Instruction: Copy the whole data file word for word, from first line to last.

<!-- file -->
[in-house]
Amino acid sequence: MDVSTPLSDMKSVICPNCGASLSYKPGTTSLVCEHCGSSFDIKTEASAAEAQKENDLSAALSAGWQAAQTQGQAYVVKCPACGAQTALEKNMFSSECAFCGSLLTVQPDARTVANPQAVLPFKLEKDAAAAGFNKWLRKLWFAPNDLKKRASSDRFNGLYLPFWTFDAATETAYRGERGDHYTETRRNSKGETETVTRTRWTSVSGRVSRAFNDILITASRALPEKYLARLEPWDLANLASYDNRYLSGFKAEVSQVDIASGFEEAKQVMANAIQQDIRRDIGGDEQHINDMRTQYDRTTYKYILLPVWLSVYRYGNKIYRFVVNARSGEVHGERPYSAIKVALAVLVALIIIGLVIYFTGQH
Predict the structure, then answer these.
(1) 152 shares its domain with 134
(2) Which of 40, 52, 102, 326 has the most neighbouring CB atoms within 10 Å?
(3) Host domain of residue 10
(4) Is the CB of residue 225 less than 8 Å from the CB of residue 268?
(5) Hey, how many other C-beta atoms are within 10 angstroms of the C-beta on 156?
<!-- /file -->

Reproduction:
[in-house]
Amino acid sequence: MDVSTPLSDMKSVICPNCGASLSYKPGTTSLVCEHCGSSFDIKTEASAAEAQKENDLSAALSAGWQAAQTQGQAYVVKCPACGAQTALEKNMFSSECAFCGSLLTVQPDARTVANPQAVLPFKLEKDAAAAGFNKWLRKLWFAPNDLKKRASSDRFNGLYLPFWTFDAATETAYRGERGDHYTETRRNSKGETETVTRTRWTSVSGRVSRAFNDILITASRALPEKYLARLEPWDLANLASYDNRYLSGFKAEVSQVDIASGFEEAKQVMANAIQQDIRRDIGGDEQHINDMRTQYDRTTYKYILLPVWLSVYRYGNKIYRFVVNARSGEVHGERPYSAIKVALAVLVALIIIGLVIYFTGQH
Predict the structure, then answer these.
(1) 152 shares its domain with 134
(2) Which of 40, 52, 102, 326 has the most neighbouring CB atoms within 10 Å?
(3) Host domain of residue 10
(4) Is the CB of residue 225 less than 8 Å from the CB of residue 268?
(5) Hey, how many other C-beta atoms are within 10 angstroms of the C-beta on 156?